Service can be used in tasks with no UI, but shouldn’t be too long. If you need to perform long tasks, you must create a new thread with in ServiceIntentService can be used in long running tasks usually with no communication to Main Thread. If communication is required, can use Main Thread handler or broadcast intents.
Service can be started using startService() methodIntentService can be started using startService() method and it triggers onHandleIntent() method.
Service can be triggered from any threadIntentService must be triggered from Main Thread
The Service may block the Main Thread of the application.The IntentService cannot run tasks in parallel. Hence all the consecutive intents will go into the message queue for the worker thread and will execute sequentially.
You must call stopSelf() or stopService() to stop a service once your its job is done.IntentService stops itself when it finishes its job so you never have to call stopSelf()

What is the importance of the AndroidManifest.xml file in an Android application?

The AndroidManifest.xml file is a key component of an Android application. It is an XML file that provides essential information about the application to the Android operating system. Some of the important roles that the AndroidManifest.xml file in the Android SDK plays are:

  • Declaring the application's package name: The package name is a unique identifier for the application, and it is used to distinguish it from other applications installed on the device.

  • Declaring the application's components: The manifest file declares all the components of the application, including activities, services, broadcast receivers, and content providers. The Android OS uses this information to launch and manage these components.

  • Declaring the required permissions: The AndroidManifest.xml file lists all the permissions that the application requires to access system resources or other applications' data. When the application is installed, users are prompted to grant these permissions.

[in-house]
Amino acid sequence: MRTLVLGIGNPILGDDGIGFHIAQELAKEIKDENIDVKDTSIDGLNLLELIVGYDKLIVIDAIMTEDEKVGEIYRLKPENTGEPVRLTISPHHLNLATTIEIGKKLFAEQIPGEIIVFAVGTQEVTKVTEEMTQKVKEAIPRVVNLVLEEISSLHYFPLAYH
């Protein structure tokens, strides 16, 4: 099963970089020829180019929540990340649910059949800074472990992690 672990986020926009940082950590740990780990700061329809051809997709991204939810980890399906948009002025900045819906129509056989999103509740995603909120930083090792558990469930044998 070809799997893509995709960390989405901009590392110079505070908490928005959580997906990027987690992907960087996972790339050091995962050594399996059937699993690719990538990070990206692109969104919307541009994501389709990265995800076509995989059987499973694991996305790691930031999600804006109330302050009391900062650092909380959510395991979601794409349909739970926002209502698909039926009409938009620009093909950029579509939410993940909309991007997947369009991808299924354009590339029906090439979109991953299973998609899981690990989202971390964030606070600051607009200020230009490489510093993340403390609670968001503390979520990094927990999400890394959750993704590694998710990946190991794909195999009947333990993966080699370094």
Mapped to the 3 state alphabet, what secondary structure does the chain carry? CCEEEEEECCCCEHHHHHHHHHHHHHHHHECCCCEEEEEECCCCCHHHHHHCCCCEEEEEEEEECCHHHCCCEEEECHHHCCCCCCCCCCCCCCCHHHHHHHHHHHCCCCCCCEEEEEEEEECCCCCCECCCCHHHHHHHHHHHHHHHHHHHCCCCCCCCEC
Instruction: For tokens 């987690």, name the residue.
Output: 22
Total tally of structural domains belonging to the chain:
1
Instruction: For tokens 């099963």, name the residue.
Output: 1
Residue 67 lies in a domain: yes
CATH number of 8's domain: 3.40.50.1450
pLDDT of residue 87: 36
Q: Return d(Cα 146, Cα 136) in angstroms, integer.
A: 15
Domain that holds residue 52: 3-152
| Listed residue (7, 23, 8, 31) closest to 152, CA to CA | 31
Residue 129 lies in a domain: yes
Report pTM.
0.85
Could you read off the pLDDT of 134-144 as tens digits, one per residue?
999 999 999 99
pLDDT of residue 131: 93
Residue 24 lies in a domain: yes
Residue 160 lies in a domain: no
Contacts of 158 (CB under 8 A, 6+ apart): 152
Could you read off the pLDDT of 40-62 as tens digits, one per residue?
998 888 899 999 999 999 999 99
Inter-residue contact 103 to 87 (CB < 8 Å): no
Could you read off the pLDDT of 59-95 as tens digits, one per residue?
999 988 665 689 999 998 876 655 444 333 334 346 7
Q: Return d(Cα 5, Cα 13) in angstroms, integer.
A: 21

• Declaring the application's minimum and target API levels: The manifest file specifies the application's minimum Android API level required to run and the target API level the application is built for.

  • Declaring the application's launch activity: The manifest file specifies which activity should be launched when the application is launched.

How do you handle configuration changes like screen rotations in an Android application?

When a configuration change occurs in an Android application, such as a screen rotation or a language change, the Android system destroys and recreates the activity. This process can lead to loss of data and affect the user experience. To handle configuration changes in an Android platform, you can use one or more of the following techniques:

  • Save and restore instance state: The onSaveInstanceState() method of the activity is called before the activity is destroyed. You can use this method to save the current state of the activity, such as the values of UI components or any other important data, in a bundle object. The bundle is then passed to the onCreate() method of the activity when it is recreated, and you can use the values from the bundle to restore the state of the activity.

  • Use the ViewModel: ViewModel is a component of the Android Architecture Components library that helps you to manage UI-related data in a life-cycle-conscious way. You can store the data in the ViewModel, and it will survive configuration changes because it is not tied to the activity's life cycle.

  • Handle configuration changes manually: You can prevent the activity from being destroyed and recreated on configuration changes by specifying the android:configChanges attribute in the activity tag of the AndroidManifest.xml file. This attribute tells the system to handle the configuration change manually, and the activity's onConfigurationChanged() method will be called instead of the recreated activity.

What dialog boxes are supported on Android?

Android provides several types of dialog boxes that you can use to interact with users and display important information. Here are some commonly used dialog box types supported on Android:

  • AlertDialog: AlertDialog is a versatile dialog box that can display a title, message, and optional buttons. It is often used to prompt users for confirmation, display important information, or ask for user input.